Apple Releases Mac OS X 10.2.3 Update -- Apple wrapped up 2002 with the release of Mac OS X 10.2.3, a hefty update that rolls a number of improvements and bug fixes in to Jaguar. Some changes include compatibility fixes between the Mac and certain digital cameras or external CD burners, as well as enhancements to applications such as iPhoto, iChat, Mail, Disk Utility, and Disk Copy. Mac OS X 10.2.3 also offers better iDisk performance over slow or busy network connections, updates Rendezvous networking, and makes the changes necessary for the improvements in Connectix's Virtual PC 6. The update is available as a mammoth 51 MB download via Software Update; stand-alone installers have also been posted for updating from Mac OS X 10.2.2 or from versions 10.2 or 10.2.1 (59 MB). Prompted by discussion on TidBITS Talk and some personal experience, we recommend running Disk First Aid on your hard disk before installing the update, particularly if you've updated all the way from Mac OS X 10.0. [JLC]
Extract Directly from Time Machine
Normally you use Time Machine to restore lost data in a file like this: within the Time Machine interface, you go back to the time the file was not yet messed up, and you restore it to replace the file you have now.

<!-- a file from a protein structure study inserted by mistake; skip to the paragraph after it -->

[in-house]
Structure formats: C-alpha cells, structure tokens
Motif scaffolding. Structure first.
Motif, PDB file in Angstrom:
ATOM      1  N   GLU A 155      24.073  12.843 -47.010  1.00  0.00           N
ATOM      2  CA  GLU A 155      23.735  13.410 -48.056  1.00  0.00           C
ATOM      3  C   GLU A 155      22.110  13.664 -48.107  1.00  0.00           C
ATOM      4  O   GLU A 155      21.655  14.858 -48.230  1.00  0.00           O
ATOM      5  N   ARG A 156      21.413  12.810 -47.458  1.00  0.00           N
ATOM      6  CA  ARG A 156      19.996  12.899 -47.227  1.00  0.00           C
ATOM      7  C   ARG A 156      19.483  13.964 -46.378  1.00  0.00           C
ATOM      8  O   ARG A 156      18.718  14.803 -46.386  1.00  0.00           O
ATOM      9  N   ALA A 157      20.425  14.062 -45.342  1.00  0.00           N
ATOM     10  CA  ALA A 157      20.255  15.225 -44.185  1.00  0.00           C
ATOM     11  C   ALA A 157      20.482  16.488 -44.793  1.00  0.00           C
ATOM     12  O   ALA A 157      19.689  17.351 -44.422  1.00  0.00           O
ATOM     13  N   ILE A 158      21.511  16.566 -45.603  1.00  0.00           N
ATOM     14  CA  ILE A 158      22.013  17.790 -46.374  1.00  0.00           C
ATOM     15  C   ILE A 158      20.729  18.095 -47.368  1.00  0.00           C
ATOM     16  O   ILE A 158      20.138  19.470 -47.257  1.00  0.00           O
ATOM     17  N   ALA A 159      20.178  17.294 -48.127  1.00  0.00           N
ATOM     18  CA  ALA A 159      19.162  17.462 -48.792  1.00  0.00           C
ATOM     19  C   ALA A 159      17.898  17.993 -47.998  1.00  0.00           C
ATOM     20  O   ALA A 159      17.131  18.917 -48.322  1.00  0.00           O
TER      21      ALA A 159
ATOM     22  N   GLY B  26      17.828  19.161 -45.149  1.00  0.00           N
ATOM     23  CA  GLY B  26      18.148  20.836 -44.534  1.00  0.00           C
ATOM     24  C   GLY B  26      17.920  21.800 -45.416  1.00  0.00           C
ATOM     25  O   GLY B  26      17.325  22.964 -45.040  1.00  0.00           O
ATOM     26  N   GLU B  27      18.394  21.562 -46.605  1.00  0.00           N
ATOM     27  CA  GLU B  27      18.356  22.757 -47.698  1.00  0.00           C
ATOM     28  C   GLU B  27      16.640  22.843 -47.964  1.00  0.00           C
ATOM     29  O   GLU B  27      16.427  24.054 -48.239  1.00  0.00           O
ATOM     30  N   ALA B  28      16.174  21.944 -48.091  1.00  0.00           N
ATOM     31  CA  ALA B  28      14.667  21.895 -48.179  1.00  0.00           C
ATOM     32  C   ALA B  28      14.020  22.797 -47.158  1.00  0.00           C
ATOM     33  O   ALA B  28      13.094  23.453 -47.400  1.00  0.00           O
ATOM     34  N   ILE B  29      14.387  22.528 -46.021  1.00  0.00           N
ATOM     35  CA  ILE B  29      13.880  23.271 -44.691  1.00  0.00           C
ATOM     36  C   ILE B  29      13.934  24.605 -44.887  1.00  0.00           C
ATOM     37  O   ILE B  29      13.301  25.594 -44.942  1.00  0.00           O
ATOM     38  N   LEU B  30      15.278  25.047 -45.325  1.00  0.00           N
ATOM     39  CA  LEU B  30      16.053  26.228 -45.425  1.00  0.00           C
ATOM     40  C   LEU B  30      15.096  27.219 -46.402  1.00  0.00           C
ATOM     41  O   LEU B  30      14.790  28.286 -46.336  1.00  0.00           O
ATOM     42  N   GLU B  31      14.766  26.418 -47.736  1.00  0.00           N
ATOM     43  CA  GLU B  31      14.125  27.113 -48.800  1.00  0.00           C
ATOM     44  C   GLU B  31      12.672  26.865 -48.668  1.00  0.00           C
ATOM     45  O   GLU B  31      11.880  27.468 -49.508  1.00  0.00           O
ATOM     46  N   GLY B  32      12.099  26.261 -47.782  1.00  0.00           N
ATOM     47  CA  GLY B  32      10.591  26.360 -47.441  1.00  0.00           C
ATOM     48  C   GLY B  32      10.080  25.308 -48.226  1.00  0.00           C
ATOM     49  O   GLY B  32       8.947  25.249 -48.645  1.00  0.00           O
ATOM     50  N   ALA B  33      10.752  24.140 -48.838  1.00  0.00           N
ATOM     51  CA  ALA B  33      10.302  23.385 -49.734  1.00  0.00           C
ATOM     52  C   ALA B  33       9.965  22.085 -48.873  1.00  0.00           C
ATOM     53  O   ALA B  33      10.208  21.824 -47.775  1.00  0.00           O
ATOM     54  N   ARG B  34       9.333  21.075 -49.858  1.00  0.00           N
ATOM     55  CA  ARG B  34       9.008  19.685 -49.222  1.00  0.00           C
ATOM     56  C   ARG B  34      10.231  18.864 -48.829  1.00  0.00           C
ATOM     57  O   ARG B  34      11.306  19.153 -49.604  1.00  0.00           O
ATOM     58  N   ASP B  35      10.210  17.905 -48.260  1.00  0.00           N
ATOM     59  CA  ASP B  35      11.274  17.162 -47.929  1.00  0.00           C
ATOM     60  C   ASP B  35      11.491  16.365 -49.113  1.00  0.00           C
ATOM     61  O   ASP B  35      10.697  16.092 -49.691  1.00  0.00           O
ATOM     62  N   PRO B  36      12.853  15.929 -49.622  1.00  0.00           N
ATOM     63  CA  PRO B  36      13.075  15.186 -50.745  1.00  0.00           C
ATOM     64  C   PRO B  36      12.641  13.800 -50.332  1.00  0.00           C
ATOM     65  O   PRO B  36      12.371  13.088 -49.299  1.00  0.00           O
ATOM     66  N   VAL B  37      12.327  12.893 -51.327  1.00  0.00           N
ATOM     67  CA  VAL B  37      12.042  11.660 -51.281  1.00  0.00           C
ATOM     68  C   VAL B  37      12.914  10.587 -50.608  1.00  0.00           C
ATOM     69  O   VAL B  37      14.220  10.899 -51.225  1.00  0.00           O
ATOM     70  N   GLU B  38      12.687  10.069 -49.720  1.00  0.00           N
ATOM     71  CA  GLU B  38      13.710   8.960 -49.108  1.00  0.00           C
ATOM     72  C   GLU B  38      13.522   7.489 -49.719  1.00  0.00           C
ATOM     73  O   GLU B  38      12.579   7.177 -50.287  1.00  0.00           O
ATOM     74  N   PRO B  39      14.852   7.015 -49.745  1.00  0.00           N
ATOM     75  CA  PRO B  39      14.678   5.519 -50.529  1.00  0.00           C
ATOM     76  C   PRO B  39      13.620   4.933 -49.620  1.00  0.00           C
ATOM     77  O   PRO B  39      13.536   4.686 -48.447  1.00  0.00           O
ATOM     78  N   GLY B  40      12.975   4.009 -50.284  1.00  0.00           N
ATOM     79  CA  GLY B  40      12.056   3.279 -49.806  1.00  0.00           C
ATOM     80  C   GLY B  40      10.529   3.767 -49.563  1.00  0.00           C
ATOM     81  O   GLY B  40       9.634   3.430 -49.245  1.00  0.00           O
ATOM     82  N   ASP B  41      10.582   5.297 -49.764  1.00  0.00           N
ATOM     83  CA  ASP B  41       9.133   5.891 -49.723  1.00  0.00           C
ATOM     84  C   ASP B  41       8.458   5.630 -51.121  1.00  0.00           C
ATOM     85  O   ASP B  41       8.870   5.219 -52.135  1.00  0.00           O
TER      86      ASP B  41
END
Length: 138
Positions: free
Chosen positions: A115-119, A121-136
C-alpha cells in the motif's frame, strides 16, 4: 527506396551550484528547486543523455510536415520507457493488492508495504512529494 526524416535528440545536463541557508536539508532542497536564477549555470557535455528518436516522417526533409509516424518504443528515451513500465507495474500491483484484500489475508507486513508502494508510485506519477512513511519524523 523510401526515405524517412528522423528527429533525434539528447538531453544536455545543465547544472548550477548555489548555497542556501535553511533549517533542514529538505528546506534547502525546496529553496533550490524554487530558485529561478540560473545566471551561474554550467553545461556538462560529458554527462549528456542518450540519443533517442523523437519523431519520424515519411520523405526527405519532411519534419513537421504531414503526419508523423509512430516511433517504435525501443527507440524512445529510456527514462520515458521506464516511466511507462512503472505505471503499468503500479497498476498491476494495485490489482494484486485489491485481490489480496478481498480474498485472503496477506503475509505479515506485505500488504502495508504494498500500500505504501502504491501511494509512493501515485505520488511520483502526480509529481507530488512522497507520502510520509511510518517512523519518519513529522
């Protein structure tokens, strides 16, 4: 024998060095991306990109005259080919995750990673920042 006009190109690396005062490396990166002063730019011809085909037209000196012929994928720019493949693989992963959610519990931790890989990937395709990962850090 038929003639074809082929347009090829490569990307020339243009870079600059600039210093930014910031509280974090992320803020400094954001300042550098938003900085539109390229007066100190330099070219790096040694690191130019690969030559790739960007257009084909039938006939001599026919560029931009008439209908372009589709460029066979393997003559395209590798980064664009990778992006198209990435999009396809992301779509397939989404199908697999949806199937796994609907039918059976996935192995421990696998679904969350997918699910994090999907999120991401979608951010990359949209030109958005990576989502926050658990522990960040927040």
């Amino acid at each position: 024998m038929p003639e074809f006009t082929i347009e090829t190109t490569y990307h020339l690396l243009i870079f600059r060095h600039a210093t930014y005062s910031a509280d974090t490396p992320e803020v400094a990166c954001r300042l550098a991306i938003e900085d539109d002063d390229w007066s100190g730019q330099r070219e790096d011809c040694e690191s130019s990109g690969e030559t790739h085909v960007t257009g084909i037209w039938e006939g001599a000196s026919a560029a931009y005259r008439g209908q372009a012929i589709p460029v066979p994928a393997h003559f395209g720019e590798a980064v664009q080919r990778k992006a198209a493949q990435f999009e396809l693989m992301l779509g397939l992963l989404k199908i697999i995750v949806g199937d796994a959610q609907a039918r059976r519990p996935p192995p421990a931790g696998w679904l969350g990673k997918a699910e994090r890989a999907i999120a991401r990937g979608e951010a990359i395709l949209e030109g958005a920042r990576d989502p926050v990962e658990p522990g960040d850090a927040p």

You can also elect to keep both, but the restored file takes the name and place of the current one. So, if you have made changes since the backup took place that you would like to keep, they are lost, or you have to mess around a bit to merge changes, rename files, and trash the unwanted one.
As an alternative, you can browse the Time Machine backup volume directly in the Finder like any normal disk, navigate through the chronological backup hierarchy, and find the file which contains the lost content.
Once you've found it, you can open it and the current version of the file side-by-side, and copy information from Time Machine's version of the file into the current one, without losing any content you put in it since the backup was made.